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Child Mind Institute: What To Do If Your Child Is Bullying

Child Mind Institute: What To Do If Your Child Is Bullying

When it comes to bullying in schools, there are plenty of actions teachers, administrators, and even parents can take to recognize and stop the student's behavior before it gets out of hand. 

No parent wants to hear that their child is a bully, said an article on ChildMind.org. When Gina got a phone call from her son's school saying that her son was bullying a student, she said she was "mortified", "ashamed", and "heartbroken."

"It's painful to think of your child inflicting harm on other kids," said writer Brigit Katz. "But bullying is also a serious issue for the aggressor. Kids' friendship skills are an important indicator of their overall mental health. If your child is said to be engaging in bullying behaviors—whether physical or verbal—it might be a sign of serious distress. He might be experiencing anxiety or depression, and have difficulty regulating his emotions and behavior."

The article offers tips on what parents can do if their child is bullying, and reasons why they may be participating in this negative act.

"Kids engage in all kinds of behavior that isn't a reflection of who they are as a person," says Dr. Jamie Howard, director of the Stress and Resilience Program at the Child Mind Institute in the article. "They're still figuring things out. They can be nice kids who have made some mistakes."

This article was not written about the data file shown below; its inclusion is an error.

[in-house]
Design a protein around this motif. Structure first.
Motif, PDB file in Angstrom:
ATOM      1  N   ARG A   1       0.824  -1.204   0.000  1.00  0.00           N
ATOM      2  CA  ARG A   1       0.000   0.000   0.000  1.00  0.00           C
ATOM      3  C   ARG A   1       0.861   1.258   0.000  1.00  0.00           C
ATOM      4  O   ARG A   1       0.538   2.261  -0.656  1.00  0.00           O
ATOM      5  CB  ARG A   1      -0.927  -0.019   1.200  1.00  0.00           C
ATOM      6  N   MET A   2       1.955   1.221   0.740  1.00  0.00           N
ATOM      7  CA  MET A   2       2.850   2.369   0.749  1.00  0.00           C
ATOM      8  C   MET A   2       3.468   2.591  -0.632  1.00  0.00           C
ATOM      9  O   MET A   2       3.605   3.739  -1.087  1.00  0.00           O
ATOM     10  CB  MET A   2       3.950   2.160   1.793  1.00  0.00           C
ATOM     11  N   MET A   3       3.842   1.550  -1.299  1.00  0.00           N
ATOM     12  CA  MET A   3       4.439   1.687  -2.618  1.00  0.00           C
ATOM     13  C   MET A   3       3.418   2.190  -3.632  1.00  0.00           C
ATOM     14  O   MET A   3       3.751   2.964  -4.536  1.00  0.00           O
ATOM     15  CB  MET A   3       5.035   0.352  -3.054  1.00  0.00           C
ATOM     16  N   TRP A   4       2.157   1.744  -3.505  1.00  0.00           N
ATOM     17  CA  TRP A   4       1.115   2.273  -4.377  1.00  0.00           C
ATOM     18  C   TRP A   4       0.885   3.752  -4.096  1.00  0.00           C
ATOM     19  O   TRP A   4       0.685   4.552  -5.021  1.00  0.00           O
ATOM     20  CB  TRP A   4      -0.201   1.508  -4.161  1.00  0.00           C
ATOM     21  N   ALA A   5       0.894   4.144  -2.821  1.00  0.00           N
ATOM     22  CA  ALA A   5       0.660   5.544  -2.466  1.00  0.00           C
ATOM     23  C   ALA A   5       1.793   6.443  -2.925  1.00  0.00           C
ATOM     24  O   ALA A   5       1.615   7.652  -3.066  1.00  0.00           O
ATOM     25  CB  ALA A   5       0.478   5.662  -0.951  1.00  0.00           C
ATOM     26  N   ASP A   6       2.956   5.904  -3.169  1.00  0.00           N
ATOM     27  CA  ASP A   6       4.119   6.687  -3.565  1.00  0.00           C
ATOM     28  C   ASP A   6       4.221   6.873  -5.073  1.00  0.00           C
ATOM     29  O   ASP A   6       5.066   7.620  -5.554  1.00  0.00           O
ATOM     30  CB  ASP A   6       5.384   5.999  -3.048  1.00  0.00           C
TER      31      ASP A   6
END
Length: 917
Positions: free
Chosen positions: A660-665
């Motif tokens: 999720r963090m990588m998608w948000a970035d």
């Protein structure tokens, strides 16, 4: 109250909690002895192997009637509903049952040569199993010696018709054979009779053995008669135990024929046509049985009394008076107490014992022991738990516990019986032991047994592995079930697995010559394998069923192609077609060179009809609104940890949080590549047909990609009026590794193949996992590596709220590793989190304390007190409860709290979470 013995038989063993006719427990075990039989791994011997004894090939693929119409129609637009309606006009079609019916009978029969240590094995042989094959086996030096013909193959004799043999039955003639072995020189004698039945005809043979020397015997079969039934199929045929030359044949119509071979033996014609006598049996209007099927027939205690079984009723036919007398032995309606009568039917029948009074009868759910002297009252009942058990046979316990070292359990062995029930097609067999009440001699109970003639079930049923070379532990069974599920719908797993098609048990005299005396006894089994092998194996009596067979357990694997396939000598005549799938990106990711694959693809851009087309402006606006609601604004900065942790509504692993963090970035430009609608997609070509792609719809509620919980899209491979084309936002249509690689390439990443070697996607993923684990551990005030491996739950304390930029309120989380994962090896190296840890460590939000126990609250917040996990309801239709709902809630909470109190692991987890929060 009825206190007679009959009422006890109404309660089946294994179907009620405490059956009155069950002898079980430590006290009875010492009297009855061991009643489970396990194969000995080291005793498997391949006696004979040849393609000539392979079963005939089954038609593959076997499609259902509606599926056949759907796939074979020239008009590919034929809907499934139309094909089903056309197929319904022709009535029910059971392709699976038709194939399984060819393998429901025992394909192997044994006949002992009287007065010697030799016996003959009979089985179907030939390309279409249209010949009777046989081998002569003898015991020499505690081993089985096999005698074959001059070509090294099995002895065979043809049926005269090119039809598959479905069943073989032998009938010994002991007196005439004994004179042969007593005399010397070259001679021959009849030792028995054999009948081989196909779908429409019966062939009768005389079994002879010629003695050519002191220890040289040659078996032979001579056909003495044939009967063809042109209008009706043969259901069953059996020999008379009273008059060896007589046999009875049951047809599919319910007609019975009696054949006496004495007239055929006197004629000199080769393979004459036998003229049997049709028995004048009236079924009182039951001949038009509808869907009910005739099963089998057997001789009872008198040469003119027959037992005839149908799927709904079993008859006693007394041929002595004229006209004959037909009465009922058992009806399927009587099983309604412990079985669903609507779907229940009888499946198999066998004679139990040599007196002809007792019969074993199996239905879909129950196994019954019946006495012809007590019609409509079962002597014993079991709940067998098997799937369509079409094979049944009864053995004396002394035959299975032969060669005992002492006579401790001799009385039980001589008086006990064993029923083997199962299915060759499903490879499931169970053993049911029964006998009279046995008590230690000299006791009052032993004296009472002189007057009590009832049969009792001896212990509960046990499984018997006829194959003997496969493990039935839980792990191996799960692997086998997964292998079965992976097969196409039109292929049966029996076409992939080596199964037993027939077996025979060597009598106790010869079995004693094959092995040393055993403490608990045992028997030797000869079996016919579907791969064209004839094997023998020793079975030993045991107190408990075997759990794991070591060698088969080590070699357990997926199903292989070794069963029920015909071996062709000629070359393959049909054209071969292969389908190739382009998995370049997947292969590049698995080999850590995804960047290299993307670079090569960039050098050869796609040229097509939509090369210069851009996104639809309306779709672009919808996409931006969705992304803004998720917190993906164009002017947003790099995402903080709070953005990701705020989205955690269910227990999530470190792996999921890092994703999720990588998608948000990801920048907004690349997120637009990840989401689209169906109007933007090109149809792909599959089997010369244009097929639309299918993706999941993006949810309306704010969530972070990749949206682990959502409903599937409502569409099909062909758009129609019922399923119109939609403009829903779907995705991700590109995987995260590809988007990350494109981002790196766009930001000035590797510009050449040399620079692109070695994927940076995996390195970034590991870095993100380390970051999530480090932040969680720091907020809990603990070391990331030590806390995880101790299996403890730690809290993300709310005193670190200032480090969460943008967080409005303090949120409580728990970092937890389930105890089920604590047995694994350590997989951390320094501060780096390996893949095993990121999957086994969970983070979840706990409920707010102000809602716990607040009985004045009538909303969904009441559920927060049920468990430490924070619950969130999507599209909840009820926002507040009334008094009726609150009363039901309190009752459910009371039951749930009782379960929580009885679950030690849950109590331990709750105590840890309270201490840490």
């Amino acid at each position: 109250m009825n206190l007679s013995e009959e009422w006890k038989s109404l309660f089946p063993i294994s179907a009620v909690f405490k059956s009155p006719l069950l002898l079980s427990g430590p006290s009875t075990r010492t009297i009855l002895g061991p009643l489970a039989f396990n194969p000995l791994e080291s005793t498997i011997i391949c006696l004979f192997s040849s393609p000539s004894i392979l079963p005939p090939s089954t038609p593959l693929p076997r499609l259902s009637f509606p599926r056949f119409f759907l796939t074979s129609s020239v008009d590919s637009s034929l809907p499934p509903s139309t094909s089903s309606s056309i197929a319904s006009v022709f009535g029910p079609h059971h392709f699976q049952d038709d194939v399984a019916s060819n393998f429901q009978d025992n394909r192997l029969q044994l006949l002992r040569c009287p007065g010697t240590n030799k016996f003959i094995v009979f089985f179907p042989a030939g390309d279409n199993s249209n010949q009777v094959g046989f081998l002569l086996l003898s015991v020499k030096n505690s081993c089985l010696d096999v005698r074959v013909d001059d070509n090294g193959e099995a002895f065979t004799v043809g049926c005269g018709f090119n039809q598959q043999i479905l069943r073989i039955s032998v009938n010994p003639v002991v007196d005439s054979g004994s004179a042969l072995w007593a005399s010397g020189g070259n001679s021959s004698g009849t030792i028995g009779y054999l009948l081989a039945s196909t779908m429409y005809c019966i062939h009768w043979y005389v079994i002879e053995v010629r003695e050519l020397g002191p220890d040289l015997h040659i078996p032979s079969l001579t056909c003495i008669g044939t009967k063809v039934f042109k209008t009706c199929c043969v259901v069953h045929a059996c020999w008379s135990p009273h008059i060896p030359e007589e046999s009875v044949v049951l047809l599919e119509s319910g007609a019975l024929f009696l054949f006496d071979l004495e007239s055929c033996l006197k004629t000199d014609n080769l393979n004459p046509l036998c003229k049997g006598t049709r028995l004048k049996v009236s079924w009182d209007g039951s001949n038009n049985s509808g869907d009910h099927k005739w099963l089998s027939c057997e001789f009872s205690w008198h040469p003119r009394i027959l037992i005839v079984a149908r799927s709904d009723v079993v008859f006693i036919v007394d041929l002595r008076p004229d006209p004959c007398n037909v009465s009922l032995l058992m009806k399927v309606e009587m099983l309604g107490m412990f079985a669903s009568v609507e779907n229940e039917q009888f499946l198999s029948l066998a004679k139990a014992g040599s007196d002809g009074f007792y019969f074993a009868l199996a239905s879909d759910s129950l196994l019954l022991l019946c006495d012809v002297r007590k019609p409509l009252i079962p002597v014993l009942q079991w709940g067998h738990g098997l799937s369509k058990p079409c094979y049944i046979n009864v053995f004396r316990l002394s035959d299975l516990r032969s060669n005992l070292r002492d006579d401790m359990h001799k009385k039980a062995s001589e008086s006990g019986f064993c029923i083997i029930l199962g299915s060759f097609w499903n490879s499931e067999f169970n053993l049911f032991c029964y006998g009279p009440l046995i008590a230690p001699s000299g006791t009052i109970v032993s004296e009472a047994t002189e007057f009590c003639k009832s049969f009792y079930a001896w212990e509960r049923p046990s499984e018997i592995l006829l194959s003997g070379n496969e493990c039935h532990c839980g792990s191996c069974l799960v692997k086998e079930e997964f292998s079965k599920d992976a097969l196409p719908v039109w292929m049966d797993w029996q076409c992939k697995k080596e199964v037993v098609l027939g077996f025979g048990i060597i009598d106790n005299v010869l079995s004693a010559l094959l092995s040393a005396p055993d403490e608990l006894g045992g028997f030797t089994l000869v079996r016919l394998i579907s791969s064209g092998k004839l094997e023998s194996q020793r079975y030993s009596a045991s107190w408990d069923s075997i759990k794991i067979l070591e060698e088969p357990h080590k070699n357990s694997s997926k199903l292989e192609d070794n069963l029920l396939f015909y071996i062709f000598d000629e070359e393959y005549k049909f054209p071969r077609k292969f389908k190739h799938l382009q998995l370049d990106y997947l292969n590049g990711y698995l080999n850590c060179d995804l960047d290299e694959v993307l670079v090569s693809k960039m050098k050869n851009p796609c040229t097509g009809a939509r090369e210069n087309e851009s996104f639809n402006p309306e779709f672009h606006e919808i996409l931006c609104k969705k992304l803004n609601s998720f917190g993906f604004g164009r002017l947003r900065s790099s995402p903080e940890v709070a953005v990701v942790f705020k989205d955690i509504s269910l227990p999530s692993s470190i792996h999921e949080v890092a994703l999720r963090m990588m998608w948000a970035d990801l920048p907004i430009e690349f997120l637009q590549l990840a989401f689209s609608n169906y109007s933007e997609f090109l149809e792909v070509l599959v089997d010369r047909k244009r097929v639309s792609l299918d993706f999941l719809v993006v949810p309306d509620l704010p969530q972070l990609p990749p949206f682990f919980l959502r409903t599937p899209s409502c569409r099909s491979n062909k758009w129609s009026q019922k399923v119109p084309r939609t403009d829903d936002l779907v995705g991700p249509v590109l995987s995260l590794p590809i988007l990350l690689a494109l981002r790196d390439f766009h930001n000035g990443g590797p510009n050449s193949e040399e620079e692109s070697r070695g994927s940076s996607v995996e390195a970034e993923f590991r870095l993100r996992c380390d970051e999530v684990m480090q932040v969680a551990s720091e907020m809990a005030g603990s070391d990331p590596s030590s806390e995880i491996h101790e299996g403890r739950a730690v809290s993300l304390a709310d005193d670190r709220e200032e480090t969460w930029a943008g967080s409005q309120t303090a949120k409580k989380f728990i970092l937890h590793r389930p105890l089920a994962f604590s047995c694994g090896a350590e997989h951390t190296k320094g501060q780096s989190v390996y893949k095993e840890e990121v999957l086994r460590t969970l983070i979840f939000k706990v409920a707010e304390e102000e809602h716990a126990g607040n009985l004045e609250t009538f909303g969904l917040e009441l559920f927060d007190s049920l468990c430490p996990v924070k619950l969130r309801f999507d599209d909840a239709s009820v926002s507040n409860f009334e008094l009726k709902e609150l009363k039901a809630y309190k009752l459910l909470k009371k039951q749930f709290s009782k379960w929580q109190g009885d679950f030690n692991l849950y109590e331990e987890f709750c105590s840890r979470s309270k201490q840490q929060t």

Here are a few reasons the article lists as to why a child may be bullying:

  • The child wants to fit in with a group of friends who are picking on one classmate.
  • She is getting bullied at home or at school, and is trying to regain a sense of power by acting aggressively toward others.
  • She is looking for attention from teachers, parents, or classmates, and hasn't been successful getting it other ways.

The article then encourages parents to communicate with their child and offers tips to make sure that their child is respectful to others.

"If you hear from a teacher or another parent that your child is being a bully, the first thing you should do is talk to your child about the situation," the article said. "Be direct about the issue, but make it clear that you are open to hearing your child's side of the story. Say something along the lines of: 'I got a call from the school today, and the teacher indicated that you were involved in some bullying. I'm really concerned about this, and we need to talk about it. Please tell me what happened.'"

Other tips include encouraging parents to stay in touch with their children, "look inward", "provide meaningful consequences", and more.

Read the full story and comment below. 

Article by Kassondra Granata, Education World Contributor

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